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The Best Courtroom Scene In Law & Order: SVU Season 1

In newer seasons, "Law & Order: Special Victims Unit" has moved away from exploring cases involving a legal or moral gray area, but there was a time when the series took its formulaic queue from the original "Law & Order." In its early years, the long-running spin-off balanced its more cut-and-dry, right vs. wrong episodes with investigations and trials that asked difficult questions about a variety of relevant issues, from the nature of intent to the constitutionality of various elements of the justice system. While the inaugural season of "Special Victims Unit" hadn't yet incorporated a recurring A.D.A. – and subsequently focused less on the "Law" portion of show's title — it did use a handful of depositions and testimony scenes to introduce viewers to themes and questions that would pop up frequently in the series' later seasons. 

Only a few minutes into its pilot, for instance, viewers are introduced to the motivations of Christopher Meloni's Detective Elliot Stabler, as well as the ethos and mission of the Sex Crimes Unit, via his testimony in a case involving a flasher. In the scene, the detective is quick to clarify the difference between policing consensual acts of intimacy and protecting victims from offenders — a clarification the detectives must make repeatedly in the series' formative years, when they're frequently accused of being "the panty police." Though necessary to the series' set-up, its introductory courtroom scene isn't the season's most relevant or memorable. That distinction goes to a brief deposition that occurs in Episode 7.  

An atypical perpetrator complicates the narrative for SVU detectives

Content warning: Sexual Assault

In the episode, titled "Uncivilized," a convicted sex offender named Bill Turbit (Stephen Bogardus) who's already served his time in prison and been paroled, is suspected in the assault and murder of a young boy. Despite the fact that Turbit was a model prisoner who, by all appearances, has adhered to the restrictions of his parole, the detectives are convinced (by the actual perpetrators, we'll later learn) that Turbit is guilty. Importantly, and unlike most violent sex offenders, Turbit committed his initial offense in an altered state, while "overloaded on a psychedelic S.T.P. cocktail." In other words, the reason the parole board felt he was unlikely to commit another offense is that his actions were dictated by a drug, not anything inherent in his pathology. Of course, all that matters little (understandably so) to his traumatized victim, and to the parents in his community who turn on Turbit once they learn who he is.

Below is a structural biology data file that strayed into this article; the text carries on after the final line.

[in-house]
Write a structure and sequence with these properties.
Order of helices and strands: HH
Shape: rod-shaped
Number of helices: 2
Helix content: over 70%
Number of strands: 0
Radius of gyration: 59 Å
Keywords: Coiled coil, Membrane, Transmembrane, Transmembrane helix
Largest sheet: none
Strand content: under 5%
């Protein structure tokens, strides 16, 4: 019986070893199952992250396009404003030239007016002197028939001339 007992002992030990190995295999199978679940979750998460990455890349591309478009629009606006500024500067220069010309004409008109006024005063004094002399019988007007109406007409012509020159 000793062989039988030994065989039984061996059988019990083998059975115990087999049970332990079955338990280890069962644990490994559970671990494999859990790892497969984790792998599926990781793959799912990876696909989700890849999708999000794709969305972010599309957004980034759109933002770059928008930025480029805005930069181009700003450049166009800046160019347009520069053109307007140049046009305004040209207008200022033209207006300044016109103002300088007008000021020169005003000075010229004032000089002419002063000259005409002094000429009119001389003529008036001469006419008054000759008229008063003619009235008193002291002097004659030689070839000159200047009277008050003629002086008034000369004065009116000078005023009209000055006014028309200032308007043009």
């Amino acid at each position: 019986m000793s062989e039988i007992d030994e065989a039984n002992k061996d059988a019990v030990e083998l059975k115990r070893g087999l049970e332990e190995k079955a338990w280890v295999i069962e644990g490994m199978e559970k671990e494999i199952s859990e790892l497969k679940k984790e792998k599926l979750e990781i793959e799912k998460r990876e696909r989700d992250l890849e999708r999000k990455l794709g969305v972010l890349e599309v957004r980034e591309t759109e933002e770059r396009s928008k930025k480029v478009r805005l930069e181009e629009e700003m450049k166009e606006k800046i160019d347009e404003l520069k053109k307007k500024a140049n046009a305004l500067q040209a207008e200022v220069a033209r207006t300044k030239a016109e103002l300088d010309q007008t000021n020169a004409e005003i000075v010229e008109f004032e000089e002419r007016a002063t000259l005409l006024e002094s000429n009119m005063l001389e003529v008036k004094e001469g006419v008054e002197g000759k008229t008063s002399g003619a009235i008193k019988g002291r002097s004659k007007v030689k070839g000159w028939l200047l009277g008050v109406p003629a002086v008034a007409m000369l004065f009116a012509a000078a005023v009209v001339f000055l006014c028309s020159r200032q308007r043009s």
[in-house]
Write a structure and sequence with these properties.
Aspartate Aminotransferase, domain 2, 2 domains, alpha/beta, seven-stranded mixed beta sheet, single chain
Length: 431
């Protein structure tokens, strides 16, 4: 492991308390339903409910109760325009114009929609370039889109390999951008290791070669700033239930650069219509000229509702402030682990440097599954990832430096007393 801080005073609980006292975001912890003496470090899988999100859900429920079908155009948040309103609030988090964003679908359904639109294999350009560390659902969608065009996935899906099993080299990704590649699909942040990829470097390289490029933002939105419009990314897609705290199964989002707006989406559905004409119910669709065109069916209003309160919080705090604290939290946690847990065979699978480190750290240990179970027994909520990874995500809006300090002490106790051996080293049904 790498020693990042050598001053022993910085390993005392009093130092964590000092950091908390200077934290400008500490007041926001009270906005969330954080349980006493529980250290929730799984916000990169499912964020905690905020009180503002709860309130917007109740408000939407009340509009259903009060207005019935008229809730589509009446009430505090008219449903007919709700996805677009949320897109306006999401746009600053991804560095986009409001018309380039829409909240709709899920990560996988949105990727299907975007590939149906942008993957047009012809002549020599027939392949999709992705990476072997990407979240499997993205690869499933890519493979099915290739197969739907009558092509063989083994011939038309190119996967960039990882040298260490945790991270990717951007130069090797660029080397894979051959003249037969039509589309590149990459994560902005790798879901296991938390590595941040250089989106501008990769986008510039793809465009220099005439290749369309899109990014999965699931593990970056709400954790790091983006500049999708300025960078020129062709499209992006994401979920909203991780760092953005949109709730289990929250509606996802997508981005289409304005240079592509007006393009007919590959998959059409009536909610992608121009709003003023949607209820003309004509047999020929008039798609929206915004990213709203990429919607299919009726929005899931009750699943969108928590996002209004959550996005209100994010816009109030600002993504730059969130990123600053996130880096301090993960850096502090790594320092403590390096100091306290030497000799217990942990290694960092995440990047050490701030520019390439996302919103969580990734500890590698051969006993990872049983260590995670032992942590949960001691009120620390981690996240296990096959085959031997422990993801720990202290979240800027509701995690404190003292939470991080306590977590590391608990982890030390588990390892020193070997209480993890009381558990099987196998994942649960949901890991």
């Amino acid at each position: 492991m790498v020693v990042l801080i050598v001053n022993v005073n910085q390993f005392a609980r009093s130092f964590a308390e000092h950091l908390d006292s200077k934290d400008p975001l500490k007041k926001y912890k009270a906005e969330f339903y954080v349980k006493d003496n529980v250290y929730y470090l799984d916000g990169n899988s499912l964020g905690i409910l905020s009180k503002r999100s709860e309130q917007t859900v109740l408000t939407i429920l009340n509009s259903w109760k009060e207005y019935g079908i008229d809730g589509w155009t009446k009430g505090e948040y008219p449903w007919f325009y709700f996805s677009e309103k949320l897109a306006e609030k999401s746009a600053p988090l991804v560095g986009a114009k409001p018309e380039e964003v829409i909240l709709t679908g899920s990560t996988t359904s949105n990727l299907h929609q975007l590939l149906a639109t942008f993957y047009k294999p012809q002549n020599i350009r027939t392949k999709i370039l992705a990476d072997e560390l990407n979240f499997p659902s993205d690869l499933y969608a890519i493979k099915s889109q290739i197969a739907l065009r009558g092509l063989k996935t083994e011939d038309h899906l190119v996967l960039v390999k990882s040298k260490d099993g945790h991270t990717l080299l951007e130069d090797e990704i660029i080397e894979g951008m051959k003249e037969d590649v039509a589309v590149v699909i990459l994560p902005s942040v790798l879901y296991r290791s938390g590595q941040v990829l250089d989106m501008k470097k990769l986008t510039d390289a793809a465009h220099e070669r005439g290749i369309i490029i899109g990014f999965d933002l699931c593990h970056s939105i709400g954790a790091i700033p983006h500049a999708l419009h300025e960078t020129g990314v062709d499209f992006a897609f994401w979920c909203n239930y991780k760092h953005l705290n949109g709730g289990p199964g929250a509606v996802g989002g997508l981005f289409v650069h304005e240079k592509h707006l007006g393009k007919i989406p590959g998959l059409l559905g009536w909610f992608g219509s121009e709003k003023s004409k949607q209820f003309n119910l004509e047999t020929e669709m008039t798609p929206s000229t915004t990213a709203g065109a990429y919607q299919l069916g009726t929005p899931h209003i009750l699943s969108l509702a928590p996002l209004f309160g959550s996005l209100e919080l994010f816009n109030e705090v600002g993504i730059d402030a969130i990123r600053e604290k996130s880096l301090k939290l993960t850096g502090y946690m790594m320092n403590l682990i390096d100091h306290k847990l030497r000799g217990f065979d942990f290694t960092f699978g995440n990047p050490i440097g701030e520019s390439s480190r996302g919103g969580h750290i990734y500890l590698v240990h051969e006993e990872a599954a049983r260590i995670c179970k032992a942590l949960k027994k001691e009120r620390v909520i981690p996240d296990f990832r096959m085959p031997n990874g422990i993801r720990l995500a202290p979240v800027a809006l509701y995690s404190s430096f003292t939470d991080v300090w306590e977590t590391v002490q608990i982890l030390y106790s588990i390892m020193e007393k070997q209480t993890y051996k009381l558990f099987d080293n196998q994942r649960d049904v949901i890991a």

With no compelling evidence to convict Turbit, pressure from the public and media mounting, and the knowledge that sex offenders have a high recidivism rate, the squad and A.D.A. make a controversial move. For starters, the A.D.A. hesitates to inform opposing council that Turbit's alibi checks out. "The outraged citizens could care less about civil liberties when their kids are at risk," the D.A. tells Captain Cragen (Dann Florek), and in the episode's only courtroom scene, both the reality of that fact and the unconstitutionality of the real-world legislation (via AAPL) are examined.

'Uncivilized' asks complex questions, but refuses to answer them for its audience

The "Civil Commitment" bill discussed would allow states to lock up sex offenders permanently. In essence, despite having already served their time and been found sane enough to stand trial the first time around, these convicts would be found legally insane upon release, and committed to an asylum indefinitely. Cragen attempts go along with this plan, and the hearing that follows, though brief, brings up complex constitutional questions about both the duties of law enforcement and the limitations of the justice system. 

After Turbit's attorney points out that he never committed a violent act during his twelve years in prison, she reiterates that he's already paid his debt to society for the one crime he did commit. "Isn't this whole legislation ... a cheesy end-run around the cherished legal concept of double jeopardy?" she asks, before calling the bill unconstitutional. Can a criminal really be punished, the episode asks, for crimes they've not yet committed?

In the pivotal scene, the viewer is forced to consider their own thoughts about where the rights of the community end and the rights of the individual begin. That Turbit's offense is unique in its psychology — and that he's innocent of the episode's central crime — hardly matter. The core of the episode lies in that one hearing, in a scene whose light touch and refusal to come down on one side of an argument would come to define the series for most of its earlier and more memorable episodes and seasons. 

If you or anyone you know has been a victim of sexual assault, help is available. Visit the Rape, Abuse & Incest National Network website or contact RAINN's National Helpline at 1-800-656-HOPE (4673).